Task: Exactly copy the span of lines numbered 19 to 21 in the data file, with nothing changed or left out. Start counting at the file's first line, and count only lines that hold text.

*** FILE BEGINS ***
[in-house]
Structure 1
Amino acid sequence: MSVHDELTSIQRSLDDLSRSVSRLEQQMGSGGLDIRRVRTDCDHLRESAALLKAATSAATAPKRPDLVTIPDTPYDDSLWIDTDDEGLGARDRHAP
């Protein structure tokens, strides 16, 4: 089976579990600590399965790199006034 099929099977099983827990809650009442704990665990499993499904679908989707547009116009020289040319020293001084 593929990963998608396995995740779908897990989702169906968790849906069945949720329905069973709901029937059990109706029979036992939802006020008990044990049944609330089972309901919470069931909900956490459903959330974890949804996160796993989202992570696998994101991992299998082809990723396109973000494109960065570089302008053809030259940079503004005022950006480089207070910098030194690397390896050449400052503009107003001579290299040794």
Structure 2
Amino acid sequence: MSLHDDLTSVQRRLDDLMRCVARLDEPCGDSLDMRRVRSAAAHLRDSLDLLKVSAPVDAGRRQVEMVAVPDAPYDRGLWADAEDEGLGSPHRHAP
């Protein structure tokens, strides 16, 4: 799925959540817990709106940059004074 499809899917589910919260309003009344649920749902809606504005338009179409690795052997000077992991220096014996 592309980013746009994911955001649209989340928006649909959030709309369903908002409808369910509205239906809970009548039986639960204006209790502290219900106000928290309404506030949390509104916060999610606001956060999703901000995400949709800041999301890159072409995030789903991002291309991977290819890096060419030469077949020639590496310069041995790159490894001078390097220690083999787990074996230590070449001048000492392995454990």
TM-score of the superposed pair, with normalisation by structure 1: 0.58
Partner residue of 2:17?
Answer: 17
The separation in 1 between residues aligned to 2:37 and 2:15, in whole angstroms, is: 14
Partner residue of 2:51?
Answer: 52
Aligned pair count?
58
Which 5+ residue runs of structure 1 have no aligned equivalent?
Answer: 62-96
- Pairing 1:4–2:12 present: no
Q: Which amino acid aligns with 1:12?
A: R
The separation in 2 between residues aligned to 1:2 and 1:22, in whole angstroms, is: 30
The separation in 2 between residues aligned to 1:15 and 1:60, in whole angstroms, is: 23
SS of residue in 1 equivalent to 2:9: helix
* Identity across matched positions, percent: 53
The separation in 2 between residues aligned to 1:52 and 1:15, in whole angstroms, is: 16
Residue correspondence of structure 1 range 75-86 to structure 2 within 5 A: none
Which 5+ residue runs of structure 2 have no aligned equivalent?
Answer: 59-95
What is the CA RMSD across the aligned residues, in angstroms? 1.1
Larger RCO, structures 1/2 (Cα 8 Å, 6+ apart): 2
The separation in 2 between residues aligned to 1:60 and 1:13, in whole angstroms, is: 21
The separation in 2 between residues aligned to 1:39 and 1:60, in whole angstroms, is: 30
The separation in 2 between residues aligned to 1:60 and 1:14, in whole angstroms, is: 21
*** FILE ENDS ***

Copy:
Q: Which amino acid aligns with 1:12?
A: R
The separation in 2 between residues aligned to 1:2 and 1:22, in whole angstroms, is: 30